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Commentary: Race and gender play differently on the political stage

This article first appeared in the St. Louis Beacon: September 29, 2008 - I've been struck by, well, a number of things in the past month. However, the most striking dynamic has been the consistent hypocrisy of Palin supporters crying sexism when McCain supporters have slammed Obama's camp time and time again for even mentioning race. Initially, I laughed ("Oh, now when it's convenient, it's OK to point out inequities.); then I was dumbfounded ("Seriously? You're going to play the gender card after blasting Obama and Clinton for mentioning their identities?"); and now I think I've got it.

It was a common theme post-Palin-announcement. And Cindy McCain, along with others, claimed that Palin was the target of sexism. If talking about all those cracks in the ceiling weren't enough, such a claim certainly "injected" gender into the campaign. I use that verb only because it was used when Obama was accused of injecting race into the campaign after mentioning that he does not look like all of our previous presidents (see a previous column, Want to end debate? Play the race card ).

I, personally, think it's laughable to say that a person is injecting something that is fully a part of who they are. It's like the elephant in the room. Don't talk about the fact that Obama is multi-racial or that Palin is a woman. Ridiculous.

So, I am not suggesting that we ignore Palin's gender. However, I am suggesting that it's hypocritical to criticize Obama for mentioning his race. It's also contradictory to vilify Michelle Obama for lamenting about the missteps of our country and not even blink  or  - better yet - rally behind Cindy McCain when she feels sexism is afoot.

Yet, I should not be surprised.

My observation of these dynamics is that the reactions parallel the stereotypes embedded in the isms (i.e. racism and sexism). We have a stereotype of women as docile, conciliatory and soft; so injecting gender into the campaign does not seem so threatening. We can tame that beast. It can even work to our advantage. Let's talk about gender and then show how Palin takes the beauty queen role and flips it on its head. She's a lady who is also ready to lead. How quaint.

On the other hand, we have a stereotype of Black men as aggressive, dangerous and unruly. Therefore, injecting race into the campaign brings a host of issues. We don't want to engage or even admit to those ideas. If we allow that discussion, we fear it can't be tamed. It will become out of control and dangerous - note the parallel. Pro-Obamas don't want to further tie their candidate to the negative connotation of what it means to be Black in America (especially given the recent polls regarding racial attitudes), and anti-Obamas fear being called racists. Not so quaint.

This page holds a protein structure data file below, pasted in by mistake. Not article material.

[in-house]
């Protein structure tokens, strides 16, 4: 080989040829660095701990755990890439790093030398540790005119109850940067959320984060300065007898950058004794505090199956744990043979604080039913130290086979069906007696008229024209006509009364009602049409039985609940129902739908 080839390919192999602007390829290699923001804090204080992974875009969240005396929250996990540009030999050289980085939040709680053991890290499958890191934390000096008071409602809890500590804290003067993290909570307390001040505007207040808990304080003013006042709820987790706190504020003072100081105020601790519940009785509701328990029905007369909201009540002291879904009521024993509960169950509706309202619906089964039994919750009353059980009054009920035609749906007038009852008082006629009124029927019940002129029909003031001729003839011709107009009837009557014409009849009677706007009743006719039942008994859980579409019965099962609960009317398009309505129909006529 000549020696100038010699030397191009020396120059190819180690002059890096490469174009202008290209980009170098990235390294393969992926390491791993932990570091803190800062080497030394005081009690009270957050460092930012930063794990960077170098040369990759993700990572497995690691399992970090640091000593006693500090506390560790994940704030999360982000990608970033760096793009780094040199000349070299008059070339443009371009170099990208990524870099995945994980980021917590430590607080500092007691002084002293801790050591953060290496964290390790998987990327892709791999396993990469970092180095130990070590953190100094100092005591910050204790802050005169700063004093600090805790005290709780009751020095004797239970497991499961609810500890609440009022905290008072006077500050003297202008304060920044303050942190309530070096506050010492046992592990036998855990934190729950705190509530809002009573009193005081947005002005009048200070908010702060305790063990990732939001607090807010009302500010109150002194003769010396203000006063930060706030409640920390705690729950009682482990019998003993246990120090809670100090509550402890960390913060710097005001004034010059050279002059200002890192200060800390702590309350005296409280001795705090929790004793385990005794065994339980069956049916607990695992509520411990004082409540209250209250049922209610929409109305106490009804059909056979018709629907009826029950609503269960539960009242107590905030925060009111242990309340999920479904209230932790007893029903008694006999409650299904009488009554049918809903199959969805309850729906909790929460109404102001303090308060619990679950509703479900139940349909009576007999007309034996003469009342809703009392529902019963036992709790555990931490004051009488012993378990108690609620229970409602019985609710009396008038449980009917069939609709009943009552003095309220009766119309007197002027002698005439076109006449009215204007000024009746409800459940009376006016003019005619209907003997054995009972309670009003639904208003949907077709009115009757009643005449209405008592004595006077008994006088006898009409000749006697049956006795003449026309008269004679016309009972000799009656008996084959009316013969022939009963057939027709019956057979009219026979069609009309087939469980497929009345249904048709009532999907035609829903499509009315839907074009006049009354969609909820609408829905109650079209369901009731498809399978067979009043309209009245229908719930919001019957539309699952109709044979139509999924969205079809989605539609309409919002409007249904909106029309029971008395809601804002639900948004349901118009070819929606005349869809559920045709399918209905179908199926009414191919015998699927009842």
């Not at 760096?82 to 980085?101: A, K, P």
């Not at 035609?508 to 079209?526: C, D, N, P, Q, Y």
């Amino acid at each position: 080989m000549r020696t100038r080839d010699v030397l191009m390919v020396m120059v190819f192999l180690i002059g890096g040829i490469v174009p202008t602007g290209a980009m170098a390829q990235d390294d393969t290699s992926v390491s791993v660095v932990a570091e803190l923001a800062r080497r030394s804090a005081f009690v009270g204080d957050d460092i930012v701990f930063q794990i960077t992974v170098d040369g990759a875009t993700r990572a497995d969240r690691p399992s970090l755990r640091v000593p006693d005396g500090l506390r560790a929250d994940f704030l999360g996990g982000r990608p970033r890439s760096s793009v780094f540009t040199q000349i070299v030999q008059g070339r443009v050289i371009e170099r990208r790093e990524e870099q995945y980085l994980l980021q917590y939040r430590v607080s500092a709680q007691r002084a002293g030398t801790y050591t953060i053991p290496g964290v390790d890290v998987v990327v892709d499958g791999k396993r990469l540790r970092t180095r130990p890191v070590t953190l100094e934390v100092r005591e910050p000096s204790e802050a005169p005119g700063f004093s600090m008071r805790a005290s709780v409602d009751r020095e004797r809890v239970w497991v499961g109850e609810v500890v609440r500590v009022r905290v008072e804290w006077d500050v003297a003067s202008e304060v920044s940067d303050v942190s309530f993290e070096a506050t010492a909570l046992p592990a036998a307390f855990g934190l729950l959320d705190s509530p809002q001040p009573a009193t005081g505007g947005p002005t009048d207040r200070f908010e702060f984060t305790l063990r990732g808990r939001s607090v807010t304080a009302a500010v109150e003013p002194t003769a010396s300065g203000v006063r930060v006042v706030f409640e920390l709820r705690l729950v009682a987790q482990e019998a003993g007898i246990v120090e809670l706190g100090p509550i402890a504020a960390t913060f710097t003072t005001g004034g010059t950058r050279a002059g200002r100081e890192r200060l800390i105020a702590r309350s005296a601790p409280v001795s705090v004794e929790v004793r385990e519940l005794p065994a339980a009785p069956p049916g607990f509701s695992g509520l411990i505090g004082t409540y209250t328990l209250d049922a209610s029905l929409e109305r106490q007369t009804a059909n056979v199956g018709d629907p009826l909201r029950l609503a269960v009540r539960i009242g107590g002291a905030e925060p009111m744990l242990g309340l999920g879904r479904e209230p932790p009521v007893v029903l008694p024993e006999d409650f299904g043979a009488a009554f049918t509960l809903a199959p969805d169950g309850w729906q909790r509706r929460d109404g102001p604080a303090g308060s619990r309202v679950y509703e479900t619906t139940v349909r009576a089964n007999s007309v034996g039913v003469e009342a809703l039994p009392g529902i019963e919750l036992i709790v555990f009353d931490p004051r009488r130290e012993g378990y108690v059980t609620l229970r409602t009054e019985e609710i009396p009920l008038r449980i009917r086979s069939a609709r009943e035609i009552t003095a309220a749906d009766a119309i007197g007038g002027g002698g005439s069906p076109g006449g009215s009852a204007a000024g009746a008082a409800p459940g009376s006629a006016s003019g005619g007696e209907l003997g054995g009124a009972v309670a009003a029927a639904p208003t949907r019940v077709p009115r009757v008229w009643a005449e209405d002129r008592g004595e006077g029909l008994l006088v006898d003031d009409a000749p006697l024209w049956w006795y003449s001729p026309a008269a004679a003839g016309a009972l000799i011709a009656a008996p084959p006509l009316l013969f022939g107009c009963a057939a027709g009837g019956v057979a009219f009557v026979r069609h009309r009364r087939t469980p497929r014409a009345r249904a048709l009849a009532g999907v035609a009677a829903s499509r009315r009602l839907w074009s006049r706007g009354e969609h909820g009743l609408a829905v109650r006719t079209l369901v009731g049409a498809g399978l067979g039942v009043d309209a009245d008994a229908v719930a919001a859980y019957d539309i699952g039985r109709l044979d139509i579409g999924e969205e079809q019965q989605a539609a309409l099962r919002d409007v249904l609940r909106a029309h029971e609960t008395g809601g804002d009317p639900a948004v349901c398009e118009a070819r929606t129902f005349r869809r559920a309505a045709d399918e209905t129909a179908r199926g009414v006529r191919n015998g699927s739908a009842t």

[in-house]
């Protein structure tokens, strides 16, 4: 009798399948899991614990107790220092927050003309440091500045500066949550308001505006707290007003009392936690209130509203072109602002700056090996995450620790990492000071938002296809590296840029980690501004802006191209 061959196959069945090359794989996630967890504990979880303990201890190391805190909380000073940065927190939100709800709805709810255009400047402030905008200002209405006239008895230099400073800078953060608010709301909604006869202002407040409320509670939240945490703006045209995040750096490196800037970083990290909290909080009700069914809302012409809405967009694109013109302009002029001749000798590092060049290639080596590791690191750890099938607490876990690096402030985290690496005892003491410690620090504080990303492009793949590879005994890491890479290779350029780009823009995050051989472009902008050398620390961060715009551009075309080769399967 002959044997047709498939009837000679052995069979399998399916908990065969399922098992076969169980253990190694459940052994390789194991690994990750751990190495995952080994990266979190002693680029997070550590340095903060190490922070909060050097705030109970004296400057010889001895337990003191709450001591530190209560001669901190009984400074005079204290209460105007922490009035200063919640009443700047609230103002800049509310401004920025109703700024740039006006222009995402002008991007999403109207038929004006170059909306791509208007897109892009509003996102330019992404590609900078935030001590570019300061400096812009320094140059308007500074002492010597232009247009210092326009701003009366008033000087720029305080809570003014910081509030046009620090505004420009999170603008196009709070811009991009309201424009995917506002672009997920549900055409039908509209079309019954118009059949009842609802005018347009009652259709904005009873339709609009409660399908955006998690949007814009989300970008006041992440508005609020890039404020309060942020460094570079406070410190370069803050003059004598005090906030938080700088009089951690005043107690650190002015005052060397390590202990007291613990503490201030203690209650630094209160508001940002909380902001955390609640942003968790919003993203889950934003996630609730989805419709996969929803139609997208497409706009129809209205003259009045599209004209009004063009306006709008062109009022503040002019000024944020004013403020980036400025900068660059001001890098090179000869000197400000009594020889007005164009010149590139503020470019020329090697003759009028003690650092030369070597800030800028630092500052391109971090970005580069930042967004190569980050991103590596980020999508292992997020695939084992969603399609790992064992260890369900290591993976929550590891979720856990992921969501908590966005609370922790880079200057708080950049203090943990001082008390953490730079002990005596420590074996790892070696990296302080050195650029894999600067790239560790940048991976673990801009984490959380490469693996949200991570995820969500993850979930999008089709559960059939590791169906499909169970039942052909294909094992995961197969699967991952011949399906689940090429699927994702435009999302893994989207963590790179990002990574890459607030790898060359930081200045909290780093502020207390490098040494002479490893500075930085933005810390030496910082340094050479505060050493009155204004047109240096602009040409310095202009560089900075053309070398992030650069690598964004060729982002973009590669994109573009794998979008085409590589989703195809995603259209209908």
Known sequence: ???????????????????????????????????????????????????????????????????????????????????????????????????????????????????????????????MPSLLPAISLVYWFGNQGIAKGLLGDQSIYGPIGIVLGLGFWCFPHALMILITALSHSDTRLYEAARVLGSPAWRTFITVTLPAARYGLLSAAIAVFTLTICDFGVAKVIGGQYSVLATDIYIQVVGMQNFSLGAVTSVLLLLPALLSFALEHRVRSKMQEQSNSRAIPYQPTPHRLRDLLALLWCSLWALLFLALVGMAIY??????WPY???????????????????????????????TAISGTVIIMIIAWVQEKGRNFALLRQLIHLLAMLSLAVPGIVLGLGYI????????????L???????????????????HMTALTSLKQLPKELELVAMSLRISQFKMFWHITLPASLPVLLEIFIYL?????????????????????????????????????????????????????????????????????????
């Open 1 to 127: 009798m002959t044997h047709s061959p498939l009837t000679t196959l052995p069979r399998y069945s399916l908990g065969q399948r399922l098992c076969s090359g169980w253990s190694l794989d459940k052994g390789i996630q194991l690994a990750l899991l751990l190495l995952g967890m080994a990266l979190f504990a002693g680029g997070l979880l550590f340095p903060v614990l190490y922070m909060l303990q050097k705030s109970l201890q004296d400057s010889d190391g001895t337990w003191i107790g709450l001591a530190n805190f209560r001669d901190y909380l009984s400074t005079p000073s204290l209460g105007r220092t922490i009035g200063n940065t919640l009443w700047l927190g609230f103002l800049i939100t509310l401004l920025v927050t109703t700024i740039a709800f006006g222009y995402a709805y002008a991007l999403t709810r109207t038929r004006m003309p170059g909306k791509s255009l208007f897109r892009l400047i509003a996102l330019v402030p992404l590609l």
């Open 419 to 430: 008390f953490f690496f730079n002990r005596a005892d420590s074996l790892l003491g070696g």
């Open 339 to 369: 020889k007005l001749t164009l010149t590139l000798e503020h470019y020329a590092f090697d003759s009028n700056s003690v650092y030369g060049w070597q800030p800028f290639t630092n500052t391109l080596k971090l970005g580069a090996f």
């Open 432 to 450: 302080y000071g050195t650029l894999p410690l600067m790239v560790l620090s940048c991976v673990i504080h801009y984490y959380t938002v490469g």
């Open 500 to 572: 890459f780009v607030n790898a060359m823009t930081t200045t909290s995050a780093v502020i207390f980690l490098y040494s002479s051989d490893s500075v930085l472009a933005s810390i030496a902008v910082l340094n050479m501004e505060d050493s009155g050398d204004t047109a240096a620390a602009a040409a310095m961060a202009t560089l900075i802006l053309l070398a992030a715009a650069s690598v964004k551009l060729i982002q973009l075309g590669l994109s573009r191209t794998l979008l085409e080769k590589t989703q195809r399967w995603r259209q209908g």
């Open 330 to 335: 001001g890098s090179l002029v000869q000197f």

Let me be clear, I am not in the business of ranking isms. I honestly feel that they are inextricably linked. Both isms are problematic. However, the conversations about race become heated much more quickly and are volatile from the outset, because we have created such a toxic picture of what it is to be Black.

It's all the more interesting to note that Obama is multi-racial and not Black or African American as we have traditionally defined the group. Yet, he is just as entangled in the stereotypes of Black men, which speaks to the larger issue of how we label people.

You might be remembering that Hillary Clinton got a pretty hard time for naming sexism. My analysis is that she was at a disadvantage, because she did not fit our idea of a woman closely enough. She was perceived as harsh and unfeminine in her power suits and told to suck it up and to stop crying fake tears.

Palin is perceived as a caring mother of five, a beauty queen who could pass as a librarian in her frames and skirt suit. With that, she can fight the political status quo without being called unfeminine. It seems that injecting gender into the race might even be to her advantage. Since she fits and fights the female image at the same time, perhaps the hope is that she will be embraced by all for whichever suits their fancy.

So what have we learned?

At the very least it seems that it is much more acceptable to talk about gender if you are female Republican VP candidate than if you are a multi-racial Democratic presidential candidate. It's more acceptable to talk about sexism in our society than it is to talk about racism.

As we race to see which targeted group will go down in history as the first, let's not kid ourselves that we don't see the relevance of Obama's race or Palin's gender.

I don't purport to know why the double-standard exists, but I have certainly seen a great deal of it lately.

Kira Hudson Banks, PhD., is assistant professor of psychology at Illinois Wesleyan University in Bloomington, Ill. The native of Edwardsville is a regular contributor to the Beacon. 

Kira Hudson Banks

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